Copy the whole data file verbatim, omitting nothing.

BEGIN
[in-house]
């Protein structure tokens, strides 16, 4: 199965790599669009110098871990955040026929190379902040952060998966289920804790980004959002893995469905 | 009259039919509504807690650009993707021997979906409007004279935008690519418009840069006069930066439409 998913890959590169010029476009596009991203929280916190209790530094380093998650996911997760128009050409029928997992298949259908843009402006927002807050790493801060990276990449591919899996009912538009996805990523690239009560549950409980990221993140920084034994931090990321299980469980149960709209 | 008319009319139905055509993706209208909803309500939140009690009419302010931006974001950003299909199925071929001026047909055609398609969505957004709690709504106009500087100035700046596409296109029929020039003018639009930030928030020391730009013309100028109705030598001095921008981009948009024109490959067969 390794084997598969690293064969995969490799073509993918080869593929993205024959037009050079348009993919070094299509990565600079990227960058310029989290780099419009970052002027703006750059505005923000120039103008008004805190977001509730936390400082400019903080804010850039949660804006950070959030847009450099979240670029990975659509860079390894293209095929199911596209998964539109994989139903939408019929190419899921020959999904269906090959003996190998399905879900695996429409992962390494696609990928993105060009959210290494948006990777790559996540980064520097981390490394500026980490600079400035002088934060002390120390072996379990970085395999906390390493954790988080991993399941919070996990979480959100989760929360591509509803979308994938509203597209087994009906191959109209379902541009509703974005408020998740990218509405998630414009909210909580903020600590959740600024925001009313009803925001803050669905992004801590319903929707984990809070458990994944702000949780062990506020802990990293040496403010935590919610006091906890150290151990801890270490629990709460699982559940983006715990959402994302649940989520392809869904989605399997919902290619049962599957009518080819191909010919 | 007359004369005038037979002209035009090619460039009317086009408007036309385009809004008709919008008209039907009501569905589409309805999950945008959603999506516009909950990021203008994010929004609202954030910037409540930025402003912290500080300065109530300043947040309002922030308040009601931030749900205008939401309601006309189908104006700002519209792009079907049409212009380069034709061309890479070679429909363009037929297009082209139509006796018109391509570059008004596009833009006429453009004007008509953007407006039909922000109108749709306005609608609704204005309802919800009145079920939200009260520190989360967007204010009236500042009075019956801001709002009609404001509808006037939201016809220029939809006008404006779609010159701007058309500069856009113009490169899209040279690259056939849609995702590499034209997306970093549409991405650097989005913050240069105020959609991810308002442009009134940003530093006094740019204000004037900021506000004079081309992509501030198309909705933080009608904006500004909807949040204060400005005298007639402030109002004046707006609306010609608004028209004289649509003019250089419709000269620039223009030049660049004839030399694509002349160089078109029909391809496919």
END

[in-house]
């Protein structure tokens, strides 16, 4: 199965790599669009110098871990955040026929190379902040952060998966289920804790980004959002893995469905 | 009259039919509504807690650009993707021997979906409007004279935008690519418009840069006069930066439409 998913890959590169010029476009596009991203929280916190209790530094380093998650996911997760128009050409029928997992298949259908843009402006927002807050790493801060990276990449591919899996009912538009996805990523690239009560549950409980990221993140920084034994931090990321299980469980149960709209 | 008319009319139905055509993706209208909803309500939140009690009419302010931006974001950003299909199925071929001026047909055609398609969505957004709690709504106009500087100035700046596409296109029929020039003018639009930030928030020391730009013309100028109705030598001095921008981009948009024109490959067969 390794084997598969690293064969995969490799073509993918080869593929993205024959037009050079348009993919070094299509990565600079990227960058310029989290780099419009970052002027703006750059505005923000120039103008008004805190977001509730936390400082400019903080804010850039949660804006950070959030847009450099979240670029990975659509860079390894293209095929199911596209998964539109994989139903939408019929190419899921020959999904269906090959003996190998399905879900695996429409992962390494696609990928993105060009959210290494948006990777790559996540980064520097981390490394500026980490600079400035002088934060002390120390072996379990970085395999906390390493954790988080991993399941919070996990979480959100989760929360591509509803979308994938509203597209087994009906191959109209379902541009509703974005408020998740990218509405998630414009909210909580903020600590959740600024925001009313009803925001803050669905992004801590319903929707984990809070458990994944702000949780062990506020802990990293040496403010935590919610006091906890150290151990801890270490629990709460699982559940983006715990959402994302649940989520392809869904989605399997919902290619049962599957009518080819191909010919 | 007359004369005038037979002209035009090619460039009317086009408007036309385009809004008709919008008209039907009501569905589409309805999950945008959603999506516009909950990021203008994010929004609202954030910037409540930025402003912290500080300065109530300043947040309002922030308040009601931030749900205008939401309601006309189908104006700002519209792009079907049409212009380069034709061309890479070679429909363009037929297009082209139509006796018109391509570059008004596009833009006429453009004007008509953007407006039909922000109108749709306005609608609704204005309802919800009145079920939200009260520190989360967007204010009236500042009075019956801001709002009609404001509808006037939201016809220029939809006008404006779609010159701007058309500069856009113009490169899209040279690259056939849609995702590499034209997306970093549409991405650097989005913050240069105020959609991810308002442009009134940003530093006094740019204000004037900021506000004079081309992509501030198309909705933080009608904006500004909807949040204060400005005298007639402030109002004046707006609306010609608004028209004289649509003019250089419709000269620039223009030049660049004839030399694509002349160089078109029909391809496919």